Boycott Dubai: Literature, Censorship and Homophobia in the Gulf

Several news outlets this morning carry the story of British author Geraldine Bedell being banned from the Emirates Airline International Festival of Literature in Dubai because of the depiction of a homosexual relationship in her novel The Gulf Between Us, and possible queries about its stance on Islam.

[Multiple updates with response from the festival and partners, and some authors pulling out (appended below).]

The Telegraph quotes festival director Isobel Abulhoul saying that “I do not want our festival remembered for the launch of a controversial book. If we launched the book and a journalist happened to read it, then you could imagine the political fallout that would follow. This could be a minefield.”

MSNBC reports that festival organizers complained that “it talks about Islam and queries what is said.”

The New York Times quotes Bedell’s publisher, Juliet Annan, saying: ”It’s all very unfortunate. In effect the censor has said they will ban it, which means no book chain can buy it.”

The Dubai Festival calls itself “the first true literary Festival in the Middle East celebrating the world of books in all its infinite variety” – a shocking claim to be making when it in fact singles out and censors books whose variety it finds it impossible to confront. There is no place for censorship in literature, or at any “true” literary festival.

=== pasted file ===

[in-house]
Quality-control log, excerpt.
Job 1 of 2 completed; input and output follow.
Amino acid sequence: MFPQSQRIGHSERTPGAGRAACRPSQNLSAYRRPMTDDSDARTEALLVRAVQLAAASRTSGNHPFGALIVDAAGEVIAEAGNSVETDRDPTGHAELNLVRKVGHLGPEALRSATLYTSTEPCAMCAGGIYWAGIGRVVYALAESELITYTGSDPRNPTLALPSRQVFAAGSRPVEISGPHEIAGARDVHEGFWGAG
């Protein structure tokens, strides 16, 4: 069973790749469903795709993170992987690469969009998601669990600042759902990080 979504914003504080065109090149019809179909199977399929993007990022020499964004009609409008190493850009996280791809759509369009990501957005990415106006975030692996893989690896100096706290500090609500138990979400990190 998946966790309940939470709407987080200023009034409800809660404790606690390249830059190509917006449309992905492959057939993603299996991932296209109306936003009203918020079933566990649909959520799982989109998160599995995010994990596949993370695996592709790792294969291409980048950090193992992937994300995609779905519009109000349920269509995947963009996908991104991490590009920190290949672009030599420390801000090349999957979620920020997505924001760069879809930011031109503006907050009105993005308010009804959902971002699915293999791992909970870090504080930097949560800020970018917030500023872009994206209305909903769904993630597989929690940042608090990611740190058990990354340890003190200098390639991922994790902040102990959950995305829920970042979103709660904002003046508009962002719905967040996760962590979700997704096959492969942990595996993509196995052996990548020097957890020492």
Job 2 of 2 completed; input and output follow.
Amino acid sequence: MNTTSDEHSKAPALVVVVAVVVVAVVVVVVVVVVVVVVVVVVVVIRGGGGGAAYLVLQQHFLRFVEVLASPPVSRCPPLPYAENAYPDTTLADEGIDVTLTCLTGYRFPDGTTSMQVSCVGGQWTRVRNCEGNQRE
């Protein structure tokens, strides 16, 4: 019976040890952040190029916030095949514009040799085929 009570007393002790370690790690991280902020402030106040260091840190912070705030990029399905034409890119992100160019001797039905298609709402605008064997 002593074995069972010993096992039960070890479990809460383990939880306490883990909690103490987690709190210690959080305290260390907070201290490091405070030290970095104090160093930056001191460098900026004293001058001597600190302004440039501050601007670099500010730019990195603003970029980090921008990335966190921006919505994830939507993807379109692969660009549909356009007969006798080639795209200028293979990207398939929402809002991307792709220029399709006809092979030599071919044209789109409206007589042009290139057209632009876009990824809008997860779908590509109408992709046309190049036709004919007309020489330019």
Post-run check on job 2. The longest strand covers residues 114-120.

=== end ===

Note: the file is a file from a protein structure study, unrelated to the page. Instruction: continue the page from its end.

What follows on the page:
The festival claims as attendees the writers Anthony Horowitz, Kate Adie, Chimamanda Adichie, Sir Ranulph Fiennes, Lauren Child, Terry Brooks, Alexander Maitland, Kate Mosse, Brian Aldiss, Robert Irwin, Rachel Billington, Frank McCourt, Sir Mark Tully, Wilbur Smith, Anita Nair, Victoria Hislop, Philippa Gregory, Margaret Atwood, Nassim Nicholas Taleb, Karin Slaughter, Louis de Bernières and a host of others. It is sponsored by Emirates Airlines, and partners include Time Out and the British Council.

I urge you to contact these individuals and organisations and express your dismay at the actions of the festival, and urge them to either boycott the festival, or engage with the organisers and insist that work invited to the festival is not censored in this way.

Let’s be entirely clear about this: the suppression of literature leads to the suppression of people. Article 177 of the Penal Code of Dubai imposes imprisonment of up to 10 years on consensual homosexual relations, which is regularly enforced (see Wikipedia article). Oppression is a result of ignorance, and literature can be one of the great forces to bring understanding and the ending of such oppression. Authors, journalists and all lovers of literature should see it as something to be supported, argued over, but never suppressed.

After the jump, I’ve provided contact details for those listed above. Please consider contacting them.

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Posted February 17, 2009 | Comments (3).
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